"Upcycling" is becoming more popular, too, as more brands invest in sustainable production to appeal to conscious shoppers. More brands are likely to incorporate this year's unsold clothes into future collections. Many independent designers have made using deadstock materials (or leftover fabric, unsold clothes and vintage textiles) a sustainable, trendy approach in recent years.

At Ganni, upcycled capsules have previously served more as marketing opportunities to showcase the brand’s environmental values, but Reffstrup, the CEO, wants these garments to become a more consistent and commercial part of the business.

But upcycling requires more work than a normal garment, cutting into profits. “We need to tweak and figure out how to make decent money off of this,” he said.

Brands can also collaborate with designers and artists, many of whom are out of work right now, to give old inventory new life through screenprinting and embroidery, said Céline Semaan-Vernon, founder of sustainable fashion agency The Slow Factory.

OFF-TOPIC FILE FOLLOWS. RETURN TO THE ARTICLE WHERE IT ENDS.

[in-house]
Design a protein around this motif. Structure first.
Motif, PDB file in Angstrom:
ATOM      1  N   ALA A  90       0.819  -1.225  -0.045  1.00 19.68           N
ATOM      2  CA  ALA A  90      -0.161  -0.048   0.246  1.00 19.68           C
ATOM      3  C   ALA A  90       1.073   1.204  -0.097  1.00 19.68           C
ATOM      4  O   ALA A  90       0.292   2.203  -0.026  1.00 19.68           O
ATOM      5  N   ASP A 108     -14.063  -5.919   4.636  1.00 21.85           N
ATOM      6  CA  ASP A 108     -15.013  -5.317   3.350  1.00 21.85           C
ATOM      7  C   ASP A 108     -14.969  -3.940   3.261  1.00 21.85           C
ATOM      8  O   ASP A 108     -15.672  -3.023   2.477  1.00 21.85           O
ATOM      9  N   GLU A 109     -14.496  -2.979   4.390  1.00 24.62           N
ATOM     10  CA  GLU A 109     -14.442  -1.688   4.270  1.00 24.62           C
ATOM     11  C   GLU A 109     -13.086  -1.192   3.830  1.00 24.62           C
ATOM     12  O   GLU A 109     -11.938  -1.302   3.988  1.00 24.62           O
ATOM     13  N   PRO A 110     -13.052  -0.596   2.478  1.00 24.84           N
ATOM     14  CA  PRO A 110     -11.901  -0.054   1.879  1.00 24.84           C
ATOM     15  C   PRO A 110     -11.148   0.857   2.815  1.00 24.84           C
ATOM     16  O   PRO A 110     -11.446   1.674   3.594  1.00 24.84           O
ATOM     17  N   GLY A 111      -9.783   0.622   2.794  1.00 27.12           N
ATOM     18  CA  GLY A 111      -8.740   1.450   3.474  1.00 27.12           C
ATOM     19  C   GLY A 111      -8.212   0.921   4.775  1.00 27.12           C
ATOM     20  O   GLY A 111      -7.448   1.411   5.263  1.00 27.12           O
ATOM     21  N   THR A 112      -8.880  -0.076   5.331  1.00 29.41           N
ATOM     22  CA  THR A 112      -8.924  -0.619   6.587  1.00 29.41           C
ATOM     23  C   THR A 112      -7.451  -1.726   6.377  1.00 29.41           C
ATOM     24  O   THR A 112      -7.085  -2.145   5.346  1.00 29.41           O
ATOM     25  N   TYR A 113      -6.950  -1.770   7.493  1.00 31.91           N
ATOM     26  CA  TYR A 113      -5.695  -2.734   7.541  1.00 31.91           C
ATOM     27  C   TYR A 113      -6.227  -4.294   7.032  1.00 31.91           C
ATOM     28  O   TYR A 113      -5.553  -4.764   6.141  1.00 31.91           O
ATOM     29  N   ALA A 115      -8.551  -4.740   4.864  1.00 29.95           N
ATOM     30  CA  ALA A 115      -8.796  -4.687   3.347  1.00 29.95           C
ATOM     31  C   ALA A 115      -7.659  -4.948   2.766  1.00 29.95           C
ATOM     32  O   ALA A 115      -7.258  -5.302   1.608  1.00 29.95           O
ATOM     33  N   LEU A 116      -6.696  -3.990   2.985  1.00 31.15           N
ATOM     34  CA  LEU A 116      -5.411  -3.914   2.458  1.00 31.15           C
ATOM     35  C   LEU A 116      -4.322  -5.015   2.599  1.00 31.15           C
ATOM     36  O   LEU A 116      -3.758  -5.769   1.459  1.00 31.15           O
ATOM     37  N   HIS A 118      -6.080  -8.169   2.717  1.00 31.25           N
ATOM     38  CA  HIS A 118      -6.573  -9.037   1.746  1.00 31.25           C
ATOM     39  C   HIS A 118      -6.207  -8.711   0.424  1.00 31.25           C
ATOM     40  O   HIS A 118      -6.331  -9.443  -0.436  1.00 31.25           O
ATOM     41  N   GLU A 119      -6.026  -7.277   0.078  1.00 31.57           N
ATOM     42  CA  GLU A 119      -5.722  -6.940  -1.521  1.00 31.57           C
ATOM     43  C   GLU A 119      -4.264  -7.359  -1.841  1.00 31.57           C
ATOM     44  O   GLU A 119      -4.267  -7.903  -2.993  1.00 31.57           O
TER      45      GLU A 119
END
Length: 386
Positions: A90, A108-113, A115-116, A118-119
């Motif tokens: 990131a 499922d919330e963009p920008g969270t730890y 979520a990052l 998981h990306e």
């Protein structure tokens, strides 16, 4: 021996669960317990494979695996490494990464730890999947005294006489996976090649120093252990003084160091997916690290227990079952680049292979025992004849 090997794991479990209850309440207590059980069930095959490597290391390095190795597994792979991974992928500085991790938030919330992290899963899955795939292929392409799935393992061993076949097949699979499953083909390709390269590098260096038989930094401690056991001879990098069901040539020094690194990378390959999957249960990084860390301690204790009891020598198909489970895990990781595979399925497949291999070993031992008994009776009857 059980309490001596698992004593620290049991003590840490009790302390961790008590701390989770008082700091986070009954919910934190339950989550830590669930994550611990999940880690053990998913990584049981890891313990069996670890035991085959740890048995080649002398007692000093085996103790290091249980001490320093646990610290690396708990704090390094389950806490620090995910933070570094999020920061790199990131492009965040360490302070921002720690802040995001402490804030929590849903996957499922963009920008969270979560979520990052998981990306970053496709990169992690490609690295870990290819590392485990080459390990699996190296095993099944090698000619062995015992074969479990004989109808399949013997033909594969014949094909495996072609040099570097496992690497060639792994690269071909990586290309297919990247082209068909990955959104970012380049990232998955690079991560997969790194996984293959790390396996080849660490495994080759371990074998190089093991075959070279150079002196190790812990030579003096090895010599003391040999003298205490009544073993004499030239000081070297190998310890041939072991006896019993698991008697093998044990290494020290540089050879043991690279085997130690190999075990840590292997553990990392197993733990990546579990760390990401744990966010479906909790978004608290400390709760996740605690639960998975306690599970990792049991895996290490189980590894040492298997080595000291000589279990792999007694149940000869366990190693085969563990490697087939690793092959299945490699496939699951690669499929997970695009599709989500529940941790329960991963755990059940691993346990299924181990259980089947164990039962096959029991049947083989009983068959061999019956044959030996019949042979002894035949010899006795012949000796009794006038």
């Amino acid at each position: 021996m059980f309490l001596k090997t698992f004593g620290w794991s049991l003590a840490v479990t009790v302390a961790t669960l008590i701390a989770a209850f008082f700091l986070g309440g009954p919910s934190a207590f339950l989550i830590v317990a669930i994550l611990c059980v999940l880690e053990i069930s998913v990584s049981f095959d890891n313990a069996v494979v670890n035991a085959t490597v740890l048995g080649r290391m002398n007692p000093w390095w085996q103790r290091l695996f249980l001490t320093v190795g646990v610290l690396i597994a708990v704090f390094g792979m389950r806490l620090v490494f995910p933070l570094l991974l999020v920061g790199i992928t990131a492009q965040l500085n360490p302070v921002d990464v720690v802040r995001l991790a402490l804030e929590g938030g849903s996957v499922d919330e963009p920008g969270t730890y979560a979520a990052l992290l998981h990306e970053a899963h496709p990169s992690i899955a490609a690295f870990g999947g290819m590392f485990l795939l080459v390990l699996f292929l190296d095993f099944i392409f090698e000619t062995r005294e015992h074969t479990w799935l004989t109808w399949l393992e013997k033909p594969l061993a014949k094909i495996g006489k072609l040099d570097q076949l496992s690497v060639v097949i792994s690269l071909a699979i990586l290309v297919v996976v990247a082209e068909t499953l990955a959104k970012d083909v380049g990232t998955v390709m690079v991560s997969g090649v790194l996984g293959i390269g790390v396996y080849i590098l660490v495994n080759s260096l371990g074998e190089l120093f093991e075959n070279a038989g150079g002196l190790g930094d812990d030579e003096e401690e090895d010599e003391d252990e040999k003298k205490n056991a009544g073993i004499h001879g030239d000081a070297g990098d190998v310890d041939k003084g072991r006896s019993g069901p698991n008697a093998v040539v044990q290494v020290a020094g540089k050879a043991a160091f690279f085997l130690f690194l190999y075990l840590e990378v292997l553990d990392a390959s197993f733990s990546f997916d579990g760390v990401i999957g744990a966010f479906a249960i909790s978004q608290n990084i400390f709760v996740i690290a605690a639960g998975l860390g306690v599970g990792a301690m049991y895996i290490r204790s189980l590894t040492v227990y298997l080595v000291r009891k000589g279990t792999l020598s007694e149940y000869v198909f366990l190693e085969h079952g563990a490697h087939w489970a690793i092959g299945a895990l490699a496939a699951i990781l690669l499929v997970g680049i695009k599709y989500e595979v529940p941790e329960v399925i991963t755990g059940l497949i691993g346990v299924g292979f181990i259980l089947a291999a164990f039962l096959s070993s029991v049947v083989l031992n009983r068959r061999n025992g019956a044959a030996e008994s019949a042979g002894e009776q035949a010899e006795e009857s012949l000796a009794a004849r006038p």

Keep It

Brands can always roll the dice and try to sell their spring and summer collections next year, assuming they can afford to store it in the meantime. That strategy makes the most sense with brands that sell basics and other timeless items; a trendy piece won’t age as well.

Ultimately, the best strategy may be to assume a heavy loss on inventory currently sitting in warehouses, and plan to produce less in the future to avoid a repeat.

Some brands are skipping the upcoming resort season, or relocating their pre-autumn deliveries to hit stores in October and November instead.

Ganni plans to create smaller, more frequent collections moving forward, Reffstrup said, which will keep online channels supplied with new products that stand a better chance of selling at full price because of limited availability.

Rixo also produced a “very tiny” pre-autumn and autumn collection to minimise the risk of needing to hold more sales.

Other brands are shifting their aesthetic to a more classic look that will wear well over multiple seasons.

“What is going to make the consumer happy when they return to the market? It’s going to be a different product mix,” Wassner said. “It’s going to be a different consumer.”

Additional reporting by Sarah Kent.